As you have probably heard, most states, including Florida, have no-fault grounds for divorce. Other than meeting the residency requirement, the only “grounds” you need to file for divorce in Florida is proving that the marriage is “irretrievably broken.”
But fault still comes into play in some divorce cases, including when domestic abuse is alleged. In fact, abuse allegations can affect issues such as property division, alimony, and child custody and visitation. For that reason, it’s important to take abuse allegations very seriously in divorce cases.
If you are a spouse who has been victimized by abuse, then bringing the allegations forward could cause you to receive a larger share of the marital property or higher alimony. Most importantly, though, it can offer you protection from your abuser under the law, if needed.
To do this, you can ask the court to put a Protection from Abuse, or PFA, order in place, which requires your spouse to stay away from you. If you spouse violates the order, he or she can be sent to jail.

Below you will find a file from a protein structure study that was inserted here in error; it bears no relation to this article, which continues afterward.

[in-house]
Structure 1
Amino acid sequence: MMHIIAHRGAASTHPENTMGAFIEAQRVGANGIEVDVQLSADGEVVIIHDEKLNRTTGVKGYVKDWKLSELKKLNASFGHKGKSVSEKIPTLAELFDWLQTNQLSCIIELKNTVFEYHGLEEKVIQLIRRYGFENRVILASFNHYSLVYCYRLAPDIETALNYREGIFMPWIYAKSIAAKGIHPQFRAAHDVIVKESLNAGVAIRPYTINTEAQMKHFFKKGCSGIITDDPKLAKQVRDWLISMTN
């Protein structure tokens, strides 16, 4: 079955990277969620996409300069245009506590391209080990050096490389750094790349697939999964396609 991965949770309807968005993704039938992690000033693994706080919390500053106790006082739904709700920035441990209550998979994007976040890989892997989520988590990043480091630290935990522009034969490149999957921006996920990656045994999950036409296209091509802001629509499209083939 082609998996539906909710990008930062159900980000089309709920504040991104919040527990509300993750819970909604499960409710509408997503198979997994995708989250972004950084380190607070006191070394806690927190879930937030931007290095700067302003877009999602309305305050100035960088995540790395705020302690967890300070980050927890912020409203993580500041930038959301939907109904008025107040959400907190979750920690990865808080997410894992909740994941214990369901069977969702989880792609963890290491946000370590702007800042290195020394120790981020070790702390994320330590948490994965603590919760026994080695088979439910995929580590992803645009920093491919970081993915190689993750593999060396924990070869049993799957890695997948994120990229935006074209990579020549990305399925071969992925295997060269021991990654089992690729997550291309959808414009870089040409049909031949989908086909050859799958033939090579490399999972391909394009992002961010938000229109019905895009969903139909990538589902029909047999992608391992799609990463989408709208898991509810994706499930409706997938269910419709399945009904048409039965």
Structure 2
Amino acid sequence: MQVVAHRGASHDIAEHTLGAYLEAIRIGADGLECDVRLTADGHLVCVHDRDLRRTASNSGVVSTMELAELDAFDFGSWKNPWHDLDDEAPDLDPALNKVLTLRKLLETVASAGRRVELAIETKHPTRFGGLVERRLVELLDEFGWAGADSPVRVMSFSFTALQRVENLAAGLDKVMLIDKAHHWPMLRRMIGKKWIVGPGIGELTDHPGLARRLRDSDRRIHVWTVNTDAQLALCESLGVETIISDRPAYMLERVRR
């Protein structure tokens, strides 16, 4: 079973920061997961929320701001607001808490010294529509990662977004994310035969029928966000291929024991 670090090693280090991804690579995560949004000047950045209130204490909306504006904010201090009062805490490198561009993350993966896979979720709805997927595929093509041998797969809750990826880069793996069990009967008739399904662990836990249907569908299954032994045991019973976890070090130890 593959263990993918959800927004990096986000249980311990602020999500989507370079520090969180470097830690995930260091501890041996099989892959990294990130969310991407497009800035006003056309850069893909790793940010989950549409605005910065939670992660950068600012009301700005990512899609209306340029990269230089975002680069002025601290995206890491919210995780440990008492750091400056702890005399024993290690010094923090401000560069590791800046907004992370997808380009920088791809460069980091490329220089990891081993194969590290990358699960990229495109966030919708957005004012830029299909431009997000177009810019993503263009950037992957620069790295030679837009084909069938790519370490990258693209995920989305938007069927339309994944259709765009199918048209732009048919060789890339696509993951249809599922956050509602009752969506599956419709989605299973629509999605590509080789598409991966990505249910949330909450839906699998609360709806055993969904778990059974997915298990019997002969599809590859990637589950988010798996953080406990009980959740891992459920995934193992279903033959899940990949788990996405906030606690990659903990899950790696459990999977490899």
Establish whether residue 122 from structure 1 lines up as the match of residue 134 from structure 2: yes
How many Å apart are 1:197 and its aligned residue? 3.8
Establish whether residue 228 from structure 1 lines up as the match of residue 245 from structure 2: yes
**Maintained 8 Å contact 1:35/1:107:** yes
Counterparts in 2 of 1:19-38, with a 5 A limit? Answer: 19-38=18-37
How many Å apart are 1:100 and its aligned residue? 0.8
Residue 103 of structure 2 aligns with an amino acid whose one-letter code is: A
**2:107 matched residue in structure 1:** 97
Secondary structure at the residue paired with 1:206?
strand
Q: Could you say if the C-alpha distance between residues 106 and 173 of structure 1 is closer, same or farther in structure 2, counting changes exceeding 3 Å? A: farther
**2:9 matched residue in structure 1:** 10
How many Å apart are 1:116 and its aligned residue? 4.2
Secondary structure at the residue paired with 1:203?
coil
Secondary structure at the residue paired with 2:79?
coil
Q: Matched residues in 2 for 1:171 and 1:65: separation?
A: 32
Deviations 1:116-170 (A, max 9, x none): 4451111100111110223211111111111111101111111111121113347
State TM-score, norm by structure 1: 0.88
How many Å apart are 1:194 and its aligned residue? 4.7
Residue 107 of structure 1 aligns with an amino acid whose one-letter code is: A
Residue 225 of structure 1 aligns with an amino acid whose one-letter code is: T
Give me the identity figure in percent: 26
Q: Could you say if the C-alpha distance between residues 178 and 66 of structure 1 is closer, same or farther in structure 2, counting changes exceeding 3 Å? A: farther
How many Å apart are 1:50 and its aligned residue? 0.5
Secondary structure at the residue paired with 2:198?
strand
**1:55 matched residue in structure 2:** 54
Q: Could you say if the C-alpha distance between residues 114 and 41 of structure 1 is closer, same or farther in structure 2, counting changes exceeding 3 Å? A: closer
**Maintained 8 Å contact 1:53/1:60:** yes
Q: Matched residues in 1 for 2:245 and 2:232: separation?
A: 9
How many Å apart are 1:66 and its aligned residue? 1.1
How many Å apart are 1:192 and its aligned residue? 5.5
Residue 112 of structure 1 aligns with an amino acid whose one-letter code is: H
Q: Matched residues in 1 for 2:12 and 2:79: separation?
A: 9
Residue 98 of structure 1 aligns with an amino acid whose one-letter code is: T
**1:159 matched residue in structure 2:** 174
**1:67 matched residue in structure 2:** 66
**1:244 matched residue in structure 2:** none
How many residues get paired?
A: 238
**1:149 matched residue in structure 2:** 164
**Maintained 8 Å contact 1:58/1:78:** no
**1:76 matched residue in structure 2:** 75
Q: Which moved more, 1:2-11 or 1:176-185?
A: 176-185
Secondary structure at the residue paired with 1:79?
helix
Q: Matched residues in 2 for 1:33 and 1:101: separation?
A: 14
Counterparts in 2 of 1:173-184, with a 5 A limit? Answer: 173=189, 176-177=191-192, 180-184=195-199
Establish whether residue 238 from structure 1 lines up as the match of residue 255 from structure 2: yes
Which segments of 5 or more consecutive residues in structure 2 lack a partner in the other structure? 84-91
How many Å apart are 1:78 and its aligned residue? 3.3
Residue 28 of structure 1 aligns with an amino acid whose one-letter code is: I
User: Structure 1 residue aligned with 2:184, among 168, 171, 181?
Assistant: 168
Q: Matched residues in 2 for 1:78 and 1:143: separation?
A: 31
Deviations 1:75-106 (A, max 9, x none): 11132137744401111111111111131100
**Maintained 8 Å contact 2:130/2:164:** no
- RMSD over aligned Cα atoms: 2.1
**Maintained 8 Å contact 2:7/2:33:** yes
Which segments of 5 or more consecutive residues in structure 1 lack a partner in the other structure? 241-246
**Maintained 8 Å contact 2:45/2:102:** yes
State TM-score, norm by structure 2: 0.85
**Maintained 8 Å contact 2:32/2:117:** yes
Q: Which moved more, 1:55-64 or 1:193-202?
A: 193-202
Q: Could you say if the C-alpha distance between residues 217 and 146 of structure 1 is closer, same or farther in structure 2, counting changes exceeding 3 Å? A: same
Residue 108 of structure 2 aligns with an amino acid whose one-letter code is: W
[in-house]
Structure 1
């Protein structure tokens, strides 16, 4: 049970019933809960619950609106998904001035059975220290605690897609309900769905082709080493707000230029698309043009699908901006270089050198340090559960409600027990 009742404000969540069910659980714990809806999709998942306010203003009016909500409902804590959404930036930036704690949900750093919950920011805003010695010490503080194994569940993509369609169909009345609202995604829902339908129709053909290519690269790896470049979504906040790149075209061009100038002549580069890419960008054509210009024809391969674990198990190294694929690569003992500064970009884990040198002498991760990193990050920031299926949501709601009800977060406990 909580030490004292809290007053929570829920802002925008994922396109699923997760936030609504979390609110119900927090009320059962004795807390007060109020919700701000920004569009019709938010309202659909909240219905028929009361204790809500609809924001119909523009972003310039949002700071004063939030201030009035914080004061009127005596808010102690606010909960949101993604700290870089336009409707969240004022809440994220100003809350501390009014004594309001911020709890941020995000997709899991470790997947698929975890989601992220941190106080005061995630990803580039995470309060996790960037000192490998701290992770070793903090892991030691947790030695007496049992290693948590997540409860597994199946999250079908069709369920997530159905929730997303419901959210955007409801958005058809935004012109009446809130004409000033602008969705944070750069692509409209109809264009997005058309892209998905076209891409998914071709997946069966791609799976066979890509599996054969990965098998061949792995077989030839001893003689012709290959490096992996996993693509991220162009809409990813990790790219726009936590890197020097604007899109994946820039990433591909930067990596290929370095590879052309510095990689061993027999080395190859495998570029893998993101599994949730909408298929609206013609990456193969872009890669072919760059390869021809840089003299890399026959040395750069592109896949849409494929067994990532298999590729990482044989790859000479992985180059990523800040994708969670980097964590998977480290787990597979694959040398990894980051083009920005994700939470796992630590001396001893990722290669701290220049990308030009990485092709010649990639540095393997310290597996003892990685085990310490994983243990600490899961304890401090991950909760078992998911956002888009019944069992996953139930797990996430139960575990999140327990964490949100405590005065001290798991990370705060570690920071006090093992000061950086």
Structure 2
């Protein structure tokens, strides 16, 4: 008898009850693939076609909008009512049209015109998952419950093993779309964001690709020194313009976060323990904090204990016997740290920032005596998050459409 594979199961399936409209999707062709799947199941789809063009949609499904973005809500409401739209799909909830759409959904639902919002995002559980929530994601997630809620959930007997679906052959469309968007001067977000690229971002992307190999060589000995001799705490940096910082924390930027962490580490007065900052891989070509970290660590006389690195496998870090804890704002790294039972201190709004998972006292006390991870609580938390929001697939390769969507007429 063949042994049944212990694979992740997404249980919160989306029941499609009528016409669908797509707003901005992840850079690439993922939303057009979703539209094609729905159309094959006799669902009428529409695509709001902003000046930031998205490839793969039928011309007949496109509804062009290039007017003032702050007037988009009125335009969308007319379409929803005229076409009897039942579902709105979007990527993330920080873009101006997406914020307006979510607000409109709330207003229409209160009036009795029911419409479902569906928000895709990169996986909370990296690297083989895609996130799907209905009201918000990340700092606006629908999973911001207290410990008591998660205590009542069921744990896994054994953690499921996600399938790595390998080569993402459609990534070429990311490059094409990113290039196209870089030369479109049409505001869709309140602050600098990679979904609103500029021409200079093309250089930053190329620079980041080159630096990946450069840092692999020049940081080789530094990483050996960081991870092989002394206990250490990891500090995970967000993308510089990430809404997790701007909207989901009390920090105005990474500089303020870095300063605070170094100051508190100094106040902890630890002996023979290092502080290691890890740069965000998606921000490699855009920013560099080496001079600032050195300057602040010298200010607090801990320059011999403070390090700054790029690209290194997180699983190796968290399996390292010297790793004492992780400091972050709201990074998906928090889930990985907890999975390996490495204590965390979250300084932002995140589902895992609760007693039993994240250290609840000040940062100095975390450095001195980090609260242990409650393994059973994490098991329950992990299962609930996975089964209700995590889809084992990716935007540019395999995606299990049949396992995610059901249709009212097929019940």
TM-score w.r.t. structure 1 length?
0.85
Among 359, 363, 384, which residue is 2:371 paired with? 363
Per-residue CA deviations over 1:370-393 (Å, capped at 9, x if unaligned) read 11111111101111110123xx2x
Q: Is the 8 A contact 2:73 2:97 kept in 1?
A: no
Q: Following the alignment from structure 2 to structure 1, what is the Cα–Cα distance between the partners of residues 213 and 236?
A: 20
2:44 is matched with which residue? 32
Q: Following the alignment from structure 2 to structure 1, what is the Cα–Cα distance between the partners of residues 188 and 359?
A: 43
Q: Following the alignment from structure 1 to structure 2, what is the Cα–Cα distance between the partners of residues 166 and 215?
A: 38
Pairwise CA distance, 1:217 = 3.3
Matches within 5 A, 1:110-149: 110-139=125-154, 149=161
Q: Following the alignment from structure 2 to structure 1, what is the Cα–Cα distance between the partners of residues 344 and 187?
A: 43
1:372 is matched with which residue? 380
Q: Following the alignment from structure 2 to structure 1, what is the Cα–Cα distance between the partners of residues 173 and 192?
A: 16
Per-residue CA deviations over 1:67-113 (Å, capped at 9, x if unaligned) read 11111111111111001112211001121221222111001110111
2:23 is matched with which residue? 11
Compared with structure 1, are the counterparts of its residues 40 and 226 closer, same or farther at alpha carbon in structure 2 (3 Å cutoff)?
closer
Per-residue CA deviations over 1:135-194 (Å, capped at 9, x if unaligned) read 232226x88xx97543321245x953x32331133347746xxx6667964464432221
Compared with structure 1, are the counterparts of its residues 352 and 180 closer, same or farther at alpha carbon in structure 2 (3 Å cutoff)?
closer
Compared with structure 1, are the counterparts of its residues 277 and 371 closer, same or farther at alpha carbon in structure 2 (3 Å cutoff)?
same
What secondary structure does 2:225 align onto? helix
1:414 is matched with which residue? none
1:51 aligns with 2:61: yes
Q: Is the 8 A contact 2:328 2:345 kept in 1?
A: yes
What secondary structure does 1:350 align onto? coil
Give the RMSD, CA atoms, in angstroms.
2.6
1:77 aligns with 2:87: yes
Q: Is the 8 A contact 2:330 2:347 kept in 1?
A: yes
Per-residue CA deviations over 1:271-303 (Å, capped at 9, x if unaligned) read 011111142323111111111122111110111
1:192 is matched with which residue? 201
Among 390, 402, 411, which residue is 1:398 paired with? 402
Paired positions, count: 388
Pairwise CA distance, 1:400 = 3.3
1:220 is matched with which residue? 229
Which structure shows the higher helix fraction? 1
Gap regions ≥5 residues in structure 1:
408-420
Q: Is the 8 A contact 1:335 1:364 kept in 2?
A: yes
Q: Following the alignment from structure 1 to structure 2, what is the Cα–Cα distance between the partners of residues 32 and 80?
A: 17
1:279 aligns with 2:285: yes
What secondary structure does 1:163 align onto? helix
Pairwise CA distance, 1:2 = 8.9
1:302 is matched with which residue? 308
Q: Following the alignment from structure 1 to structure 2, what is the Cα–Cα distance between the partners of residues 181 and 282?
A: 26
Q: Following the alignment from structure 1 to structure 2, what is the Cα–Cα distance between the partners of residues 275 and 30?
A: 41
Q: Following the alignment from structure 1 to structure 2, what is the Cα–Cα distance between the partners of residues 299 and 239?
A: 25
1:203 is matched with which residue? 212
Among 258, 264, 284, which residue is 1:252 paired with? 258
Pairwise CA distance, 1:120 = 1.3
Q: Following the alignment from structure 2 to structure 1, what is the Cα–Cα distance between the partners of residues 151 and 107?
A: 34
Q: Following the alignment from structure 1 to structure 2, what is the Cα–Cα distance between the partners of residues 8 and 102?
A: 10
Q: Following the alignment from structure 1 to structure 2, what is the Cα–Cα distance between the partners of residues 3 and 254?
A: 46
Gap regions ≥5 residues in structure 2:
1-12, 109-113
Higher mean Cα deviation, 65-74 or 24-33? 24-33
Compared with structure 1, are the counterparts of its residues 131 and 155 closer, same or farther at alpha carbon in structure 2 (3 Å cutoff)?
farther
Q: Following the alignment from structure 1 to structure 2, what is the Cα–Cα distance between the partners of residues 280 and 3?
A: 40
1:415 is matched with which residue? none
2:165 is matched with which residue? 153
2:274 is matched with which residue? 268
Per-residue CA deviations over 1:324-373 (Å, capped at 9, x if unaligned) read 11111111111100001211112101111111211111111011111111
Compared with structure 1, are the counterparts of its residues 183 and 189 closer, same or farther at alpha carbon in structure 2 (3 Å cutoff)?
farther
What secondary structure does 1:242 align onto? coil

If you are a spouse who has been accused of abuse, you will want to take the accusations very seriously because they could impact your entire future. In addition to affecting the property division and alimony decisions, as explained above, child custody and visitation can also be greatly impacted.
Ultimately, no matter if you are the victim or abuse or you have been accused of abuse, it’s very important to speak with an experienced family law attorney about protecting your rights. The state of Florida takes abuse allegations very seriously, and you should too.